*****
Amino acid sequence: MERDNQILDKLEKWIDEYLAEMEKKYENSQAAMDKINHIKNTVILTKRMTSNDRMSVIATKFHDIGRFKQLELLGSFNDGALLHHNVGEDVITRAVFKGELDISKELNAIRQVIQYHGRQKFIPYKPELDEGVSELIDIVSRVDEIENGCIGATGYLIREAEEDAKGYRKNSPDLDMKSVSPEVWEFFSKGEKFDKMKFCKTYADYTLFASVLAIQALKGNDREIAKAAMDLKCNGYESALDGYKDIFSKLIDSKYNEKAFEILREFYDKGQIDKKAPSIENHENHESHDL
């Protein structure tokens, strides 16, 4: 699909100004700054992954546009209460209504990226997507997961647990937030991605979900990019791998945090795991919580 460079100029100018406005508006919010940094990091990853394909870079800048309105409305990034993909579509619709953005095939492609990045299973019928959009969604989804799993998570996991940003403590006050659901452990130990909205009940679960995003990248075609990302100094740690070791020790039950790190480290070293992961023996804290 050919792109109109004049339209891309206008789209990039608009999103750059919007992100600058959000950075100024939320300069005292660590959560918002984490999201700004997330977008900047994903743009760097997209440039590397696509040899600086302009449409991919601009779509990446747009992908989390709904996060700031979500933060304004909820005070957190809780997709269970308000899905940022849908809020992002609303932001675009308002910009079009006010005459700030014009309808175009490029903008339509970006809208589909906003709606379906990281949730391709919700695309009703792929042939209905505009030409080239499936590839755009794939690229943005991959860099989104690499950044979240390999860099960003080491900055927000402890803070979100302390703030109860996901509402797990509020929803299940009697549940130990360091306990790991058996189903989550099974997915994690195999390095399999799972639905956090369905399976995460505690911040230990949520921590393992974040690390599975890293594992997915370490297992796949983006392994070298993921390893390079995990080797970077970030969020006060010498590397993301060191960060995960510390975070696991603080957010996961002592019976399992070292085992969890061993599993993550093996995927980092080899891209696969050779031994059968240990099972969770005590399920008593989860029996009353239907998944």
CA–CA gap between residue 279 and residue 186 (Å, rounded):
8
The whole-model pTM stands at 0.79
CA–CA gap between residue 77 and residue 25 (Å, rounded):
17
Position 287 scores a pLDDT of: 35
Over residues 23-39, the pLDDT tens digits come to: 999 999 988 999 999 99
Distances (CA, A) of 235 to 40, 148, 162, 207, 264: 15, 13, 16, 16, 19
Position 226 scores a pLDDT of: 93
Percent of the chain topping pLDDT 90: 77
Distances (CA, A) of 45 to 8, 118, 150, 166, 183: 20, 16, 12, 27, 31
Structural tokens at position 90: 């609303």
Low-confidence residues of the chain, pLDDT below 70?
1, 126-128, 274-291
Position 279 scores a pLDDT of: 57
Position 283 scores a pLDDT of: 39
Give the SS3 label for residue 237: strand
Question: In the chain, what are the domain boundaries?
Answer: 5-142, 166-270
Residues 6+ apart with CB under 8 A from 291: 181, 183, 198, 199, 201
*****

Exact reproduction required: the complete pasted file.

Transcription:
Amino acid sequence: MERDNQILDKLEKWIDEYLAEMEKKYENSQAAMDKINHIKNTVILTKRMTSNDRMSVIATKFHDIGRFKQLELLGSFNDGALLHHNVGEDVITRAVFKGELDISKELNAIRQVIQYHGRQKFIPYKPELDEGVSELIDIVSRVDEIENGCIGATGYLIREAEEDAKGYRKNSPDLDMKSVSPEVWEFFSKGEKFDKMKFCKTYADYTLFASVLAIQALKGNDREIAKAAMDLKCNGYESALDGYKDIFSKLIDSKYNEKAFEILREFYDKGQIDKKAPSIENHENHESHDL
């Protein structure tokens, strides 16, 4: 699909100004700054992954546009209460209504990226997507997961647990937030991605979900990019791998945090795991919580 460079100029100018406005508006919010940094990091990853394909870079800048309105409305990034993909579509619709953005095939492609990045299973019928959009969604989804799993998570996991940003403590006050659901452990130990909205009940679960995003990248075609990302100094740690070791020790039950790190480290070293992961023996804290 050919792109109109004049339209891309206008789209990039608009999103750059919007992100600058959000950075100024939320300069005292660590959560918002984490999201700004997330977008900047994903743009760097997209440039590397696509040899600086302009449409991919601009779509990446747009992908989390709904996060700031979500933060304004909820005070957190809780997709269970308000899905940022849908809020992002609303932001675009308002910009079009006010005459700030014009309808175009490029903008339509970006809208589909906003709606379906990281949730391709919700695309009703792929042939209905505009030409080239499936590839755009794939690229943005991959860099989104690499950044979240390999860099960003080491900055927000402890803070979100302390703030109860996901509402797990509020929803299940009697549940130990360091306990790991058996189903989550099974997915994690195999390095399999799972639905956090369905399976995460505690911040230990949520921590393992974040690390599975890293594992997915370490297992796949983006392994070298993921390893390079995990080797970077970030969020006060010498590397993301060191960060995960510390975070696991603080957010996961002592019976399992070292085992969890061993599993993550093996995927980092080899891209696969050779031994059968240990099972969770005590399920008593989860029996009353239907998944």
CA–CA gap between residue 279 and residue 186 (Å, rounded):
8
The whole-model pTM stands at 0.79
CA–CA gap between residue 77 and residue 25 (Å, rounded):
17
Position 287 scores a pLDDT of: 35
Over residues 23-39, the pLDDT tens digits come to: 999 999 988 999 999 99
Distances (CA, A) of 235 to 40, 148, 162, 207, 264: 15, 13, 16, 16, 19
Position 226 scores a pLDDT of: 93
Percent of the chain topping pLDDT 90: 77
Distances (CA, A) of 45 to 8, 118, 150, 166, 183: 20, 16, 12, 27, 31
Structural tokens at position 90: 């609303």
Low-confidence residues of the chain, pLDDT below 70?
1, 126-128, 274-291
Position 279 scores a pLDDT of: 57
Position 283 scores a pLDDT of: 39
Give the SS3 label for residue 237: strand
Question: In the chain, what are the domain boundaries?
Answer: 5-142, 166-270
Residues 6+ apart with CB under 8 A from 291: 181, 183, 198, 199, 201